Elderflowers infuse this versatile syrup with a unique aroma and taste. Use it to make beverages or as a delightful topping on fresh fruit, yogurt, and desserts.
You can use fresh or dried elderflowers for this recipe, but the flavor is best if you use freshly picked flowers. Harvest the whole flower heads when the creamy white florets have just recently opened. Be sure to leave some flowers on the shrubs so that you (and the birds) can enjoy elderberries in late summer.
If you are foraging your elderflowers from wild plants, be 100 percent certain of your identification! You want to use Sambucus canadensis or Sambucus nigra.
- 20 to 25 elderflower umbels
- 4 lemons (juiced and zested)
- 1 quart/1 liter water
- 2 1/4 pounds/1 kilogram sugar
Gather the ingredients.
Rinse the flower umbels and give them a good shake to remove any insects or debris.
Remove the small florets from the stems using scissors or your clean fingers, dropping them into a large bowl or non-reactive container (no cast iron, copper, or aluminum). Compost or discard the stems. The only edible parts of Sambucus are the flowers and berries—all other parts are toxic. A few stray stem bits in with the flowers in this recipe won't hurt you, but you want to get rid of most of them.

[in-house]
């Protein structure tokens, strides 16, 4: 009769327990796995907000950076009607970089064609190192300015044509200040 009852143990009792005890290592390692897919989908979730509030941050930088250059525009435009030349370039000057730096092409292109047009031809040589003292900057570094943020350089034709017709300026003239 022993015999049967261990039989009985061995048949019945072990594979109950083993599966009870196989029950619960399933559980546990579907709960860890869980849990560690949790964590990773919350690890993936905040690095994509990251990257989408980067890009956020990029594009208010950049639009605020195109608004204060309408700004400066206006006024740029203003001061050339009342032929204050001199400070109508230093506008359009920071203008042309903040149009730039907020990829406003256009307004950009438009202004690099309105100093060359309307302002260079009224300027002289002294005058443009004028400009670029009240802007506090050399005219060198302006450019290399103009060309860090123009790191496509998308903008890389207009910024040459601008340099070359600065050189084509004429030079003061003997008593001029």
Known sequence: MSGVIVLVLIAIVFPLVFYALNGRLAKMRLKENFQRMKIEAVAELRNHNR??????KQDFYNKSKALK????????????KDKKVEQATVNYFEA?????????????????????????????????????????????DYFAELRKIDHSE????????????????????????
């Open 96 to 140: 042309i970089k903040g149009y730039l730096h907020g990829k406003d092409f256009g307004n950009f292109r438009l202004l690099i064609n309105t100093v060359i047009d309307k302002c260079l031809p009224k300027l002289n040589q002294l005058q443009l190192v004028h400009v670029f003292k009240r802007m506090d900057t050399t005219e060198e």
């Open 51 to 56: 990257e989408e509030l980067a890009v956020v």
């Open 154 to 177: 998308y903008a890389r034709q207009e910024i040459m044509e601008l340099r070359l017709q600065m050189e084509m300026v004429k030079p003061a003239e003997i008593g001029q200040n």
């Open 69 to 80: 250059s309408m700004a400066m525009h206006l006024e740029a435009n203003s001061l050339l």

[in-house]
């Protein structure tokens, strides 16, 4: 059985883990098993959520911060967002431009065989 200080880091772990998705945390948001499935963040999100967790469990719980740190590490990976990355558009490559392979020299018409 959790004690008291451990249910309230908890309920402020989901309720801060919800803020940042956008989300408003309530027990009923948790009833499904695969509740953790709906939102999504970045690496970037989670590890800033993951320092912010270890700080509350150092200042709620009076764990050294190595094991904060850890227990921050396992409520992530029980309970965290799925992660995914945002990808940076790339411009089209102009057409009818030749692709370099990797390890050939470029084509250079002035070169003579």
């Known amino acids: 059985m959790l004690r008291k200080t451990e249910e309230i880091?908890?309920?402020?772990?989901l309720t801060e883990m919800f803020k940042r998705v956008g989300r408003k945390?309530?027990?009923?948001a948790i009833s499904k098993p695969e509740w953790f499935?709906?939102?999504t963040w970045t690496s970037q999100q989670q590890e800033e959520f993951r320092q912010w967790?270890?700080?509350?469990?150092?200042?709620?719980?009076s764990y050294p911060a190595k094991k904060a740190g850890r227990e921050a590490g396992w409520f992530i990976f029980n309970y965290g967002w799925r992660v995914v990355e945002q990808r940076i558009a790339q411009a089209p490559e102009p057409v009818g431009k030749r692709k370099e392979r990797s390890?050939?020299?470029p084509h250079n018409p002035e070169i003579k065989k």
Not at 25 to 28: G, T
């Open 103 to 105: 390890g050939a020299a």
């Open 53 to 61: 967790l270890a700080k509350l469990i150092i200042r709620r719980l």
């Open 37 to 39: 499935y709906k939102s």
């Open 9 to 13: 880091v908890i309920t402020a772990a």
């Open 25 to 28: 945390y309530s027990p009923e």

Add the lemon juice and zest to the flowers.
In a separate pot, bring the water and sugar to a boil, stirring to dissolve the sugar.
Once the sugar has completely dissolved, pour the hot syrup over the elderflowers and lemon. Stir well.
Cover the bowl or container and leave the mixture at room temperature for 3 to 5 days. During this time the flavor of the elderflowers will infuse the syrup.
Strain the elderflower syrup through a sieve or colander lined with cheesecloth or butter muslin.
Transfer the syrup to clean canning jars or bottles.
- You'll get about 2 to 3 teaspoons of zest from one lemon and 1/4 to 1/3 cup of juice.
- Elderflower syrup will keep in the refrigerator for 1 month.
- For longer storage at room temperature, bring the strained syrup to a boil. Pour it into clean glass jars or bottles leaving 1/2-inch of headspace. Process in a boiling water bath for 10 minutes. Once sealed, the syrup will keep at room temperature for at least a year (store opened jars in the refrigerator).
- A tablespoon or two of elderflower syrup in seltzer or club soda makes a refreshing beverage.
- Add elderflower syrup to white wine or vodka for an aromatic aperitif.
- Drizzle elderflower syrup over fresh fruit (it's especially good with strawberries), yogurt, or ice cream.
- Add a small spoonful of elderflower syrup to heavy cream before whipping it for a delicately flavored dessert topping.